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Detailed analysis of three sections of the Late Cretaceous Mancos Shale at Black Mesa in northeastern Arizona demonstrates that sufficient data are preserved within the thick, seemingly monotonous, fine-grained clastic sequences of the western foreland basin to develop a conceptual framework comparable to that developed for the carbonate-dominated central Western Interior Seaway. The Mancos Shale ranges from 146 m in southwestern Black Mesa to form 200 to 210 m in northern and eastern Black Mesa and is herein divided into four members in ascending order: lower shale member, middle shale member, Hopi Sandy Member, and upper shale member, of which only the Hopi Sandy Member is formally described. In addition, a prominent sandstone tongue of the overlying Toreva Formation at Blue Point in southwestern Black Mesa is herein designated the Blue Point Tongue of the Toreva Formation. Based on recovered fauna, a total of 13 biostratigraphic subdivisions are recognized, in ascending order: the upper Cenomanian Metoicoceras mosbyense Zone, Sciponoceras gracile Zone divided into the Vascoceras diartianum and Euomphaloceras septemseriatum subzones, and Neocardioceras juddii Zone divided into the Euomphaloceras irregulare, Neocardioceras juddii, and Nigericeras scotti subzones; the early Turonian Watinoceras coloradoense Zone divided into the Pseudaspidoceras flexuosum and Vascoceras birchbyi subzones and the Mammites nodosoides Zone; the Middle Turonian Collignoniceras woollgari Zone divided into the Collignoniceras woollgari woollgari/Mytiloides hercynicus, Collignoniceras woollgari woollgari, and Collignoniceras woollgari regulare subzones and the Prionocyclus hyatti Zone. Within this lithostratigraphic and biostratigraphic framework, 77 chronostratigraphic marker beds (BMI, BM2, . . . BM77) have been recognized, consisting mainly of bentonites along with laterally continuous concretion horizons, bioturbated marlstones, and sediment bypass intervals (calcisilts).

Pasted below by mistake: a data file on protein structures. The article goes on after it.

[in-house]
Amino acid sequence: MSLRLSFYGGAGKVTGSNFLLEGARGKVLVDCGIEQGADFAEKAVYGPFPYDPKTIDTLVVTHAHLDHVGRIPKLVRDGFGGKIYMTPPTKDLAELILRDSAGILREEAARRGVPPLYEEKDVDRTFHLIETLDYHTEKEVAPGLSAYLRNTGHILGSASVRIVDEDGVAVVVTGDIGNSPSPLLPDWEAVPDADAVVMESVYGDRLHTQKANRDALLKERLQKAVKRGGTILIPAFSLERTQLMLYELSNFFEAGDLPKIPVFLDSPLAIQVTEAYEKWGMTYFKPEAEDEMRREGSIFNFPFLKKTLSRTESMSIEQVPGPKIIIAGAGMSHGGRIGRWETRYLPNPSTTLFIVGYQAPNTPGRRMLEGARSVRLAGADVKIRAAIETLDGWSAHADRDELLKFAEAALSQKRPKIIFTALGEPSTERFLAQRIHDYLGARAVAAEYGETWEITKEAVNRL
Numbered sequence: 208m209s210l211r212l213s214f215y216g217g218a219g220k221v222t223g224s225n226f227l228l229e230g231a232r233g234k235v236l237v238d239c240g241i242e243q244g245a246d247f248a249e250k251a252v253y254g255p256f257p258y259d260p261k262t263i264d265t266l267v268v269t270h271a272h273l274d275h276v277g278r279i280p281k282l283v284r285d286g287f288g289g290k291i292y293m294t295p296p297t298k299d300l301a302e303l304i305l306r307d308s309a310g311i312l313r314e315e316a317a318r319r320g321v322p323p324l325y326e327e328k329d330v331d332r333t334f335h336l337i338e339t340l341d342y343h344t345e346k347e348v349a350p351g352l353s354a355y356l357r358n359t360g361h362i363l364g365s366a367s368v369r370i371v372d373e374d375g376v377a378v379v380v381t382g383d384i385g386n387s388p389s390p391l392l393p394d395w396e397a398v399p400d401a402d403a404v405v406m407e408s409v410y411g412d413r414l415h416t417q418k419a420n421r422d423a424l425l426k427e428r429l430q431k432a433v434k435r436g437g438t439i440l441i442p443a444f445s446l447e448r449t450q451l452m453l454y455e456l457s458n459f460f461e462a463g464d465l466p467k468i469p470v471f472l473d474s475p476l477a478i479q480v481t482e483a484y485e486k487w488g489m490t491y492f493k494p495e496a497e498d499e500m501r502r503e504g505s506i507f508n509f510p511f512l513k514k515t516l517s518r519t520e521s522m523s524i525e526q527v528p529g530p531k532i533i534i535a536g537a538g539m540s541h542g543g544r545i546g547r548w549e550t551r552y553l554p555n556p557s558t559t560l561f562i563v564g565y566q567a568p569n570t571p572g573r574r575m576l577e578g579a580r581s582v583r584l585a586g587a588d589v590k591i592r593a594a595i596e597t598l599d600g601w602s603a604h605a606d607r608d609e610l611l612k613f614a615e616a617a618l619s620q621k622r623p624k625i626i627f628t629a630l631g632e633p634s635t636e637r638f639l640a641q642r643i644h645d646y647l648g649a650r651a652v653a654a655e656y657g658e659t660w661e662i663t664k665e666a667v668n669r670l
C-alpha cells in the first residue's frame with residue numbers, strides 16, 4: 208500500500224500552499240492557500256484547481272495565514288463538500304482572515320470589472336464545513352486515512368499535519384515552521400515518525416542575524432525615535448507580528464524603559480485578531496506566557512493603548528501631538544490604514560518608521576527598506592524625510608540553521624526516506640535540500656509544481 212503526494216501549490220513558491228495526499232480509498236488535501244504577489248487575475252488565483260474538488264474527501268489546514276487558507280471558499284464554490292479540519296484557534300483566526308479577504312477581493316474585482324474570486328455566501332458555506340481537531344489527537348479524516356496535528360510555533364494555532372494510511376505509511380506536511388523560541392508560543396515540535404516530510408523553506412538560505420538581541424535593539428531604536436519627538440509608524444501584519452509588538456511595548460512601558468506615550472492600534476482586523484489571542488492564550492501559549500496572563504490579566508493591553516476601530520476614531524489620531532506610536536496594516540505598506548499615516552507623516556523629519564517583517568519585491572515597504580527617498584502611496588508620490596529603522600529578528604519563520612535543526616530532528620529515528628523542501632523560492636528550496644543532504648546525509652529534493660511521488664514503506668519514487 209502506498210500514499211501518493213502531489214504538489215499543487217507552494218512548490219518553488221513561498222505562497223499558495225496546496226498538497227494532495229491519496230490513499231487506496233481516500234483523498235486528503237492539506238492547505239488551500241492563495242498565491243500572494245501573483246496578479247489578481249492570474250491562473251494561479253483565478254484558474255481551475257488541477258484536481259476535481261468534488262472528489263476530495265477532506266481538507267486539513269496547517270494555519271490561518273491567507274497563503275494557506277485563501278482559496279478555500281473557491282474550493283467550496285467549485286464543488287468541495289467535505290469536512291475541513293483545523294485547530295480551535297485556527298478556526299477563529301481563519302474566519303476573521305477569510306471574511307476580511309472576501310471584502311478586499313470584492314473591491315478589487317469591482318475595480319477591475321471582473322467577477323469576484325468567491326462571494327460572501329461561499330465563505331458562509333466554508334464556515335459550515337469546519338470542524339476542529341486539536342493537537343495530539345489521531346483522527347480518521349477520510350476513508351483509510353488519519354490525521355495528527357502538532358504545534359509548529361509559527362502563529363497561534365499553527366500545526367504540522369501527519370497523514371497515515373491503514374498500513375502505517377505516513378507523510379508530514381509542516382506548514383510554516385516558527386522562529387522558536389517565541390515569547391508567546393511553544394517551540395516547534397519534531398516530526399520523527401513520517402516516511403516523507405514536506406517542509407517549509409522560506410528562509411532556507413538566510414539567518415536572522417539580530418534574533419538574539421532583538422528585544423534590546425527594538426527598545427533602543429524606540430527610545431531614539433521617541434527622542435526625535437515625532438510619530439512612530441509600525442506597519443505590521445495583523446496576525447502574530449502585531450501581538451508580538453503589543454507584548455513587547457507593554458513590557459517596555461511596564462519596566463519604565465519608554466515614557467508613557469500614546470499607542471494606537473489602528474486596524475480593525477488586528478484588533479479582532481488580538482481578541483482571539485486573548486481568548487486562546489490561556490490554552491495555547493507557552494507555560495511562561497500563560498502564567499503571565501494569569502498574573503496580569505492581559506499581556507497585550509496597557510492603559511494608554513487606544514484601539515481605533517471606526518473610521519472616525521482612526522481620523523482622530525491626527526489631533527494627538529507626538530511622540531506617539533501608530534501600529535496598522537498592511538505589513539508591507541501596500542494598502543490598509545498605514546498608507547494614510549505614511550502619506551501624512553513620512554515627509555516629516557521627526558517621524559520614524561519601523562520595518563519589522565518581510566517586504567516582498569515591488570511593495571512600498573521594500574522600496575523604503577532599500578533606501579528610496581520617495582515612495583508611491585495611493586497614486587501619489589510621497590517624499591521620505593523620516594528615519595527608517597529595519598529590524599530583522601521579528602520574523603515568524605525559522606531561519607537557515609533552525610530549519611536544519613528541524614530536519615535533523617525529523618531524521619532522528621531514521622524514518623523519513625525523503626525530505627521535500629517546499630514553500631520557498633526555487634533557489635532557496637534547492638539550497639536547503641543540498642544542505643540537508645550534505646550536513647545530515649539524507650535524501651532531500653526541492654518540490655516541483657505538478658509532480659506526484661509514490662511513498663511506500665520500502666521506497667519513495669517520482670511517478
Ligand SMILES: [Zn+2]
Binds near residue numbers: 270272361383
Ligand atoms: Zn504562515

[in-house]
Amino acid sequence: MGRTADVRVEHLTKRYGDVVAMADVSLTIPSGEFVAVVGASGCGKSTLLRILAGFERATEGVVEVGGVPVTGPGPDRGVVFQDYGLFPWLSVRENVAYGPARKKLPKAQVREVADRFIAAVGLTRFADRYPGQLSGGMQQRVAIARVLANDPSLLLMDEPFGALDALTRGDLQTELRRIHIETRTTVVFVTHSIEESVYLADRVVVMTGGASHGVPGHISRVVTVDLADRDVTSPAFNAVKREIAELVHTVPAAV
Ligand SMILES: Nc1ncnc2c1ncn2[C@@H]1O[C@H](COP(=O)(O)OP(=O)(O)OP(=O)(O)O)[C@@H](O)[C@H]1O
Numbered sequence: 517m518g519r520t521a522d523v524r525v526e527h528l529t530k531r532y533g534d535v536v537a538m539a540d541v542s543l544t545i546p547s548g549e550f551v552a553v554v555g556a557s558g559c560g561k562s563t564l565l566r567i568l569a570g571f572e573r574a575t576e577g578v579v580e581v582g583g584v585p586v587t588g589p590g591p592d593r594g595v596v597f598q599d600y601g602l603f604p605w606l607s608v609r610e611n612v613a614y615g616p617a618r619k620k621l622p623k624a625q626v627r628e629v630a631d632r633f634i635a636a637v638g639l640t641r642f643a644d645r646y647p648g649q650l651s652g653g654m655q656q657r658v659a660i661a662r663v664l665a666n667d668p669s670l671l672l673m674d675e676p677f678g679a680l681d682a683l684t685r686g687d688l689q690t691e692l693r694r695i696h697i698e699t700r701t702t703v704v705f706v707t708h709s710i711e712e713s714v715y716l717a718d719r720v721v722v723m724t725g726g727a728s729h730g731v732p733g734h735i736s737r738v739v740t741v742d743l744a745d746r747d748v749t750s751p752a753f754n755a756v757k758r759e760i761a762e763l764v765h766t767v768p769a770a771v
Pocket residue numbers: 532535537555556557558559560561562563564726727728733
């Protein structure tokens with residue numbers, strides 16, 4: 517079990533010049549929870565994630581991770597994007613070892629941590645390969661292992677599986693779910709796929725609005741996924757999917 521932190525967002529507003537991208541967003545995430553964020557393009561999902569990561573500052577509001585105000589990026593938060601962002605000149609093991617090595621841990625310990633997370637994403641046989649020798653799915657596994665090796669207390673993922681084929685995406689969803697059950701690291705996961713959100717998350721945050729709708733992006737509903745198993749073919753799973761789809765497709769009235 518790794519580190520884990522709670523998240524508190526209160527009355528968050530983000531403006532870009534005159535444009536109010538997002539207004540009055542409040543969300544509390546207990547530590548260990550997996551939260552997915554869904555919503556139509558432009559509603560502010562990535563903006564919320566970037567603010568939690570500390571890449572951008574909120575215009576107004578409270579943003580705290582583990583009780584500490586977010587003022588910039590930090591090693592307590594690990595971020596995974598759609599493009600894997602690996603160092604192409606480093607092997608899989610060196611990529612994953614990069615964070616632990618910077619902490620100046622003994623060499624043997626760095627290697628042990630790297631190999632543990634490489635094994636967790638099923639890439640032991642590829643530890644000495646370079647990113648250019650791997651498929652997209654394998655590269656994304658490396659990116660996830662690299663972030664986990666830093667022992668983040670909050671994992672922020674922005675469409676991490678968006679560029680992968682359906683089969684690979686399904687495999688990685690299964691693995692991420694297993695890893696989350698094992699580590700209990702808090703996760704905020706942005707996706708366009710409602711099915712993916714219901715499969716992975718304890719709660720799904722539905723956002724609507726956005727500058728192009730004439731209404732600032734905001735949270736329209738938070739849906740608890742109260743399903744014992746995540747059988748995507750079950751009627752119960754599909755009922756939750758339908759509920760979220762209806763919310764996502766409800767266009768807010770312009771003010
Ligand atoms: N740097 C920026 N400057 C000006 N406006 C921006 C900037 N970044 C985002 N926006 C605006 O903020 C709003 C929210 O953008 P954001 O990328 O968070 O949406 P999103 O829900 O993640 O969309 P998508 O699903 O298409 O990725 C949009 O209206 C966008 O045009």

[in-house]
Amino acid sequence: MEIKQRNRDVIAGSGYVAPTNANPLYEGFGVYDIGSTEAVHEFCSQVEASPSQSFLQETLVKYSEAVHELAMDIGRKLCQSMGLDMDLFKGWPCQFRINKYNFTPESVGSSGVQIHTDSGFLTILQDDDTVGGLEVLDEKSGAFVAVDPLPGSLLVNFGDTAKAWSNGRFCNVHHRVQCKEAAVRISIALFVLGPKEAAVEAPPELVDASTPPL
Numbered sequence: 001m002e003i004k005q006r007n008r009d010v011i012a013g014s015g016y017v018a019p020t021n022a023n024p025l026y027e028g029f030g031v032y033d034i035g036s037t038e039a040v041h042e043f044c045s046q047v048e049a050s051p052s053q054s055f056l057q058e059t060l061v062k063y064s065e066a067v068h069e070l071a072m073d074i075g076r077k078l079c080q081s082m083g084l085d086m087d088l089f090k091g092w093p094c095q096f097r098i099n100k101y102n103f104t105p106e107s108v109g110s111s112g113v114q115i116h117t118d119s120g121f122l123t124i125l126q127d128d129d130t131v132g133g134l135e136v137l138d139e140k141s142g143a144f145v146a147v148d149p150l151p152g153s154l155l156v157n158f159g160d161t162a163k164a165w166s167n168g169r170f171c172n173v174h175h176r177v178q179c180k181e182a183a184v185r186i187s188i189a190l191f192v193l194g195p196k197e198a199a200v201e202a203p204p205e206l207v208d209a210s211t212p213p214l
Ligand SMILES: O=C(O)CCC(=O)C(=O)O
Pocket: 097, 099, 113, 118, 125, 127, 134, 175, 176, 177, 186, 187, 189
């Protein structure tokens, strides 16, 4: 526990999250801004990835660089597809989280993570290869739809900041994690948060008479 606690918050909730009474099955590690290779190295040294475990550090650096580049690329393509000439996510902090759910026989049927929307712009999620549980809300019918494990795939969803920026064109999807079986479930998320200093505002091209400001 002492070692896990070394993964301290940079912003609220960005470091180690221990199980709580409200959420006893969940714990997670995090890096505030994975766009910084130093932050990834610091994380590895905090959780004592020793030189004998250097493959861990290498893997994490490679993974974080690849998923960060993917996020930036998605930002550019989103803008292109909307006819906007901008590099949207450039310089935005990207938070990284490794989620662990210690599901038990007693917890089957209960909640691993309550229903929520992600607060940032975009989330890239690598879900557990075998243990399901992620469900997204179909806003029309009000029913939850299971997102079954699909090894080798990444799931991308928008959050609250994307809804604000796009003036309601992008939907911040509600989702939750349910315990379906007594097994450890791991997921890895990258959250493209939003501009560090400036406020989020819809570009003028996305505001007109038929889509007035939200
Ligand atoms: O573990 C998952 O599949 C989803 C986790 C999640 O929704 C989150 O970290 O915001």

The Mancos Shale disconformably overlies the Dakota Formation, recording the partial to complete destruction of a series of northwest- to southeast-trending barrier coastlines. The development and preservation of these barrier systems were tectonically controlled by subtle movements of northwest- to southeast-trending folds developed over deep-seated basement structures. The seaway transgressed across Black Mesa from the northeast to the southwest during the Metoicoceras mosbyense Zone through the Sciponoceras gracile Zone. Water depth increased rapidly through the early Turonian, with the lower shale member recording the greatest influence of pelagic sedimentation at Black Mesa. The lower shale member ranges from 54 to 67 m thick, being thickest in the northwest toward the area of maximum development of the western foreland basin proximal to the Sevier Orogenic Belt. The middle shale member thins from 55 m in the southwest to 42.5 m in the northeast and records the first demonstrable effects of regression at Black Mesa, marked by a decrease in carbonate content and an increase in silt and fine sand content representing distal storm deposits. Significant quantities of sand were first transported across the shelf during deposition of the Hopi Sandy Member (uppermost Collignoniceras woollgari woollgari subzone) by a combination of delta progradation from the southwest and storm-induced reworking. The Hopi Sandy Member ranges from 12 to 22 m in thickness, being thickest to the north and northeast. Sandstone abundance and thickness increase in the southwestern shoreward direction, indicating winnowing and offshore reworking of much of the clay. Renewed subsidence is indicated by a rapid decrease in silt and sand content in the lower part of the upper shale member. The upper shale member measures 34 m in the southwest (including the interval of the Blue Point Tongue) and thickens rapidly to the northeast, where it is 85 m thick. Regression of a wave-dominated shoreline complex across the area of southwestern Black Mesa during the Collignoniceras woollgari regulare subzone led to the development of the shallow coastal shoals of the Blue Point Tongue and beach sequences of the lower sandstone member of the Toreva Formation. Continued fine clastic sedimentation offshore reflects dominantly longshore sediment transport. Regression of the sea continued with the final progradation of wave-dominated delta systems across northern and eastern Black Mesa during the Prionocyclus hyatti Zone.

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